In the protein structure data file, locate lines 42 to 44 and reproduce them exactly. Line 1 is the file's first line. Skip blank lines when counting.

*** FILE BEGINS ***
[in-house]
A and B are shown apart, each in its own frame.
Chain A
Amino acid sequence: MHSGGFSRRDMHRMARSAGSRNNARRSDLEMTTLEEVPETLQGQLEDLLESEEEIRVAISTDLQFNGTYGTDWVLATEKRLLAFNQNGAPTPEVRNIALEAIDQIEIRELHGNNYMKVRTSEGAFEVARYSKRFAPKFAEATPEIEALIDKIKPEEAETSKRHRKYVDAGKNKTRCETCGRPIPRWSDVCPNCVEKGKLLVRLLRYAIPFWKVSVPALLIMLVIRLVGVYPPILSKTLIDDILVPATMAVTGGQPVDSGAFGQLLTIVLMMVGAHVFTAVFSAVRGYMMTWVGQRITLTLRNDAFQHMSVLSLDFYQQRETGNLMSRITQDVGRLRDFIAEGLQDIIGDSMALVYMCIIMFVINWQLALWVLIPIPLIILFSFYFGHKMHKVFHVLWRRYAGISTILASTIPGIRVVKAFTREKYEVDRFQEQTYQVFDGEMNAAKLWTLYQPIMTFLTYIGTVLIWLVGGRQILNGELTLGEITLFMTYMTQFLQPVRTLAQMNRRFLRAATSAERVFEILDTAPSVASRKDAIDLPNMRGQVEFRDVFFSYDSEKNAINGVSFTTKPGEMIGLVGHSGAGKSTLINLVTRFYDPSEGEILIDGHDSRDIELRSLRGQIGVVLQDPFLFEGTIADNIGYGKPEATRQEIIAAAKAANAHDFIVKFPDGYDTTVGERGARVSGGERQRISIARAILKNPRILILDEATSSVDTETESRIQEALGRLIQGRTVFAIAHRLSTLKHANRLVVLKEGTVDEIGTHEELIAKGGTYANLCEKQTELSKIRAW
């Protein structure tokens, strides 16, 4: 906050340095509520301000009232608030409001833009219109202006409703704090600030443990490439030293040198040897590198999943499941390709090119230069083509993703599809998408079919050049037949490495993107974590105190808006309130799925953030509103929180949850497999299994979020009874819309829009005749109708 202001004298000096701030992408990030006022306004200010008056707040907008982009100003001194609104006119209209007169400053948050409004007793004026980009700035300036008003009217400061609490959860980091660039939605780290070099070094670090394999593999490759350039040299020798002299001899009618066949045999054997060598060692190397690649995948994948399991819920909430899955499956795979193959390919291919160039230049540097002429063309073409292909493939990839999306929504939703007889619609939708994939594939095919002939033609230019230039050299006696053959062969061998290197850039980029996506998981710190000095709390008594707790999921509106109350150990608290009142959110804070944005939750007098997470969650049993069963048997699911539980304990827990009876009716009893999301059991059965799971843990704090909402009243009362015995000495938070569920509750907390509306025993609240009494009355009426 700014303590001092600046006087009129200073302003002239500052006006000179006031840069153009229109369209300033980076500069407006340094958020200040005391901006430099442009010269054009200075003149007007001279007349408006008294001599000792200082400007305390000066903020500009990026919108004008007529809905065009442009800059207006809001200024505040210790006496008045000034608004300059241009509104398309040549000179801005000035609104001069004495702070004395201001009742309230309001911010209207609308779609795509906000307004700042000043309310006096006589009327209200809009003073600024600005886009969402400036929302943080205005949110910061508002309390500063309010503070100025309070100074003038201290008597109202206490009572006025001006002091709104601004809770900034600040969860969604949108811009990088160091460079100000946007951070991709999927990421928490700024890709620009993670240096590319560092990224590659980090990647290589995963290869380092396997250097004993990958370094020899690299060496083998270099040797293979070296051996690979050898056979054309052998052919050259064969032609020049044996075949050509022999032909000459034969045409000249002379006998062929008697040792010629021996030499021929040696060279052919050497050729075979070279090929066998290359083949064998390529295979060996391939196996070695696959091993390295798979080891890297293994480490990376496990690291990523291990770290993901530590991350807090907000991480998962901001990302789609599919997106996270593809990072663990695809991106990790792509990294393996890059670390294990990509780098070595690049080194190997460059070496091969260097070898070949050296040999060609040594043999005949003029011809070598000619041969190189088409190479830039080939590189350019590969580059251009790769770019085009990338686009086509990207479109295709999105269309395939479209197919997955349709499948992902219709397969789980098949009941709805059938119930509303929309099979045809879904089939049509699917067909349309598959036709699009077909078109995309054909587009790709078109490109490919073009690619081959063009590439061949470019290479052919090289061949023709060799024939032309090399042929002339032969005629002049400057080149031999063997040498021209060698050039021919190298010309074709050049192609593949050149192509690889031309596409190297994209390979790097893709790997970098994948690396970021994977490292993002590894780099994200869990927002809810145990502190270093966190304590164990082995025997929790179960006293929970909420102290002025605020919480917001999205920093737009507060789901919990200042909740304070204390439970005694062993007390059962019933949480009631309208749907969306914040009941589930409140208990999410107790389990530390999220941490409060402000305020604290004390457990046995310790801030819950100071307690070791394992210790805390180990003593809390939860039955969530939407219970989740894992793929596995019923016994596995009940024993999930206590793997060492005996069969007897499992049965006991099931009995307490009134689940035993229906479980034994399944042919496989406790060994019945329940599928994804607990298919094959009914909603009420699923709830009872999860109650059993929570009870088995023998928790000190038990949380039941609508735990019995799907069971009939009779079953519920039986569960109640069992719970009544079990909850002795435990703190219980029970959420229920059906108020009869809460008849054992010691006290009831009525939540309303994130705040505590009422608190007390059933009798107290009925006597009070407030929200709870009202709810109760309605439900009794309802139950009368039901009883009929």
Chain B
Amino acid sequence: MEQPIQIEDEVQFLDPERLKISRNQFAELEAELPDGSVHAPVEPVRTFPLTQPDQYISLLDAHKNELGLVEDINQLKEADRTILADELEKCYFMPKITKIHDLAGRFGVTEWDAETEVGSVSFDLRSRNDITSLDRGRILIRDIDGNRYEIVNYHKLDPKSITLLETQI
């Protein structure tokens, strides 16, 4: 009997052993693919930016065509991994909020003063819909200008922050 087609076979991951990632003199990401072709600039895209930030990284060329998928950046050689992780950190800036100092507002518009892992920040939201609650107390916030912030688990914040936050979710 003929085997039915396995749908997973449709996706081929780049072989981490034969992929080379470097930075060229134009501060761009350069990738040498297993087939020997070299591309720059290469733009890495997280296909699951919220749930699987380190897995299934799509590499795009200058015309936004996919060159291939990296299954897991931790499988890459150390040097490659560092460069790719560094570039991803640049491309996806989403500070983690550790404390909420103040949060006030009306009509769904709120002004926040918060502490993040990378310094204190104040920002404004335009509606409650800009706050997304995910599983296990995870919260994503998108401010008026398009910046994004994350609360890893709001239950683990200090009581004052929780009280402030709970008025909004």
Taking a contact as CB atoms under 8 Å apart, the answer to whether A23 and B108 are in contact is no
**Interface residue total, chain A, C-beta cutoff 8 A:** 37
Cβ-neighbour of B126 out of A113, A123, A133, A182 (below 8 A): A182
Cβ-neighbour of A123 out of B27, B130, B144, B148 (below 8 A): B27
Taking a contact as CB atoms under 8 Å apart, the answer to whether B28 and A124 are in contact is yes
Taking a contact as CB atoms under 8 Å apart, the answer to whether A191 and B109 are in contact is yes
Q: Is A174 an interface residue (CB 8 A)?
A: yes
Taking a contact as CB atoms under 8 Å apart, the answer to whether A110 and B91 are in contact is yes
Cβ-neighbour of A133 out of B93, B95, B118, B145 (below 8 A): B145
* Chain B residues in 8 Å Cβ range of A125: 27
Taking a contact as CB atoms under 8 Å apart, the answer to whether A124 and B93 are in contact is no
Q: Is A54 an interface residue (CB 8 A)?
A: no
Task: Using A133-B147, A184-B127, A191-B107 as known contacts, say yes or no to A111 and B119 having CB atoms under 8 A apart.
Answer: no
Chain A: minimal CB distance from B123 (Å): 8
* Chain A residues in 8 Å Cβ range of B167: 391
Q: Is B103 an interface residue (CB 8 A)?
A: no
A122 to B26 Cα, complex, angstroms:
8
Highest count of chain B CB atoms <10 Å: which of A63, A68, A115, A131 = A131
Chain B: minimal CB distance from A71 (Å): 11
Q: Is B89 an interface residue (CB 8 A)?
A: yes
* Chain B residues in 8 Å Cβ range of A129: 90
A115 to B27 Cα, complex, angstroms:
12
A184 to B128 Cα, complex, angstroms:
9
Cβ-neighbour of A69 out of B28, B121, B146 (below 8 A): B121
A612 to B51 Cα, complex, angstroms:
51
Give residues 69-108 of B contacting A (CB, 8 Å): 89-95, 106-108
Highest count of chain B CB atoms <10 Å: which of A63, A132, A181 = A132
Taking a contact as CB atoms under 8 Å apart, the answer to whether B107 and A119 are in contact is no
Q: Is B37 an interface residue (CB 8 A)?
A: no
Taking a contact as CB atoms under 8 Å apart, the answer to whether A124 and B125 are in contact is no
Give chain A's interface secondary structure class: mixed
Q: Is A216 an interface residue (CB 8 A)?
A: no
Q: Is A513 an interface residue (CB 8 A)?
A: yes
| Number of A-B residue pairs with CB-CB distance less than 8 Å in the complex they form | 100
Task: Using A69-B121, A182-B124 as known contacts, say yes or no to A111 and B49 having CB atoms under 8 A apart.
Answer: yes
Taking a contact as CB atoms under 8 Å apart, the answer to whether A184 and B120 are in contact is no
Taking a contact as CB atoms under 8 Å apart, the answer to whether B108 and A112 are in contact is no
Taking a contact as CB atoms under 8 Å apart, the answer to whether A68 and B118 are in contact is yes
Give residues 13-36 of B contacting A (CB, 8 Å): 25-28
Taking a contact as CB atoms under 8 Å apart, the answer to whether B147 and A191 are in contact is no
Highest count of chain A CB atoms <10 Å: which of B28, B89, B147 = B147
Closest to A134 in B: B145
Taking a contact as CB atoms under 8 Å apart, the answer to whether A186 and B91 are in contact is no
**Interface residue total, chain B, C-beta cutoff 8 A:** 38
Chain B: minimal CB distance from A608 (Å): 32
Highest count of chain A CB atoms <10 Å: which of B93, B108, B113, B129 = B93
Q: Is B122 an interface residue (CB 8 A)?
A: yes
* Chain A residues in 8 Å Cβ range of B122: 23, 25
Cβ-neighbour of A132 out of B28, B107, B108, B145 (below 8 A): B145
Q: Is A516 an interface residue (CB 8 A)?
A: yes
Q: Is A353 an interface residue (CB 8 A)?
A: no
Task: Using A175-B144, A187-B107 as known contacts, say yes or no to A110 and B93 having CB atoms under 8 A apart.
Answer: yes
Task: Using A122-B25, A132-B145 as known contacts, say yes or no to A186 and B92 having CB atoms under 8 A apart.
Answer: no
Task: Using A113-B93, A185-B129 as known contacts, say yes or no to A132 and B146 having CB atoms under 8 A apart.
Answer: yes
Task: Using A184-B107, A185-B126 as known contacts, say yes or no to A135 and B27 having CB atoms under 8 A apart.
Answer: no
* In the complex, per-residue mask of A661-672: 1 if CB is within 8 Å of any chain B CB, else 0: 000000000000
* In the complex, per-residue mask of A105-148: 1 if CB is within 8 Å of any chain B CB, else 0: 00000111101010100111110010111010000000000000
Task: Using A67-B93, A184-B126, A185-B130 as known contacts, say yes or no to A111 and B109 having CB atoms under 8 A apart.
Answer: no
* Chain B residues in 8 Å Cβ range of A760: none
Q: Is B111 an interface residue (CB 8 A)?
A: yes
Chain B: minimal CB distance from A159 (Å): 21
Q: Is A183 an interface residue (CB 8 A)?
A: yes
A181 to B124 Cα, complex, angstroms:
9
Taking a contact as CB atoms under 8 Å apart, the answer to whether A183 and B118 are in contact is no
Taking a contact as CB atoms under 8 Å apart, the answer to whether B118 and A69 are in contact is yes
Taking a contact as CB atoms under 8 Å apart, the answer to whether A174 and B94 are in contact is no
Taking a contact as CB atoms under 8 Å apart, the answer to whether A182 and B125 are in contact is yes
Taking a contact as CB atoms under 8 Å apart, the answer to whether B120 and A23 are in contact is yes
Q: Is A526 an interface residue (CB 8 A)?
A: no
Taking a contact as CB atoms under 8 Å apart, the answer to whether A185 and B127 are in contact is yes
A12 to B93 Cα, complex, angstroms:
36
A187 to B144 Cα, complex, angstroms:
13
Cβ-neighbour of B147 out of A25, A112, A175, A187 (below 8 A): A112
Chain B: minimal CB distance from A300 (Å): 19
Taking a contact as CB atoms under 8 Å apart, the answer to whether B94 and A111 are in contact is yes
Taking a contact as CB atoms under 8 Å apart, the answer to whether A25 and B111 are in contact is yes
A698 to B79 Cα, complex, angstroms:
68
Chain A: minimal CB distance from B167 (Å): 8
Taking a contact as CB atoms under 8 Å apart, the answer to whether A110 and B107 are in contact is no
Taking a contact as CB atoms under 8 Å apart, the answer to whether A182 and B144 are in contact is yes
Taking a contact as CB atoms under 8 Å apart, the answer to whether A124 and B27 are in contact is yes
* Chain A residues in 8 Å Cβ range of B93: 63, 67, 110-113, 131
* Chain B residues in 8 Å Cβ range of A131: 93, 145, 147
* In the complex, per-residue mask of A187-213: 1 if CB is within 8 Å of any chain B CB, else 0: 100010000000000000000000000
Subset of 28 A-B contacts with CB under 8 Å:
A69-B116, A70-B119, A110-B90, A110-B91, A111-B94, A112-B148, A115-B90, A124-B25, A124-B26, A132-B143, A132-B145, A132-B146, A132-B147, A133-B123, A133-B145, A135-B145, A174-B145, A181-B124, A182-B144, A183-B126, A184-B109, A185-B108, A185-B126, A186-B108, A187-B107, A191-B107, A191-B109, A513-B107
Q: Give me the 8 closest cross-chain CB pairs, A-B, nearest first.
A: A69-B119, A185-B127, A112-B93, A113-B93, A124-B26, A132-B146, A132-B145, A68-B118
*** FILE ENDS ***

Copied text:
51
Give residues 69-108 of B contacting A (CB, 8 Å): 89-95, 106-108
Highest count of chain B CB atoms <10 Å: which of A63, A132, A181 = A132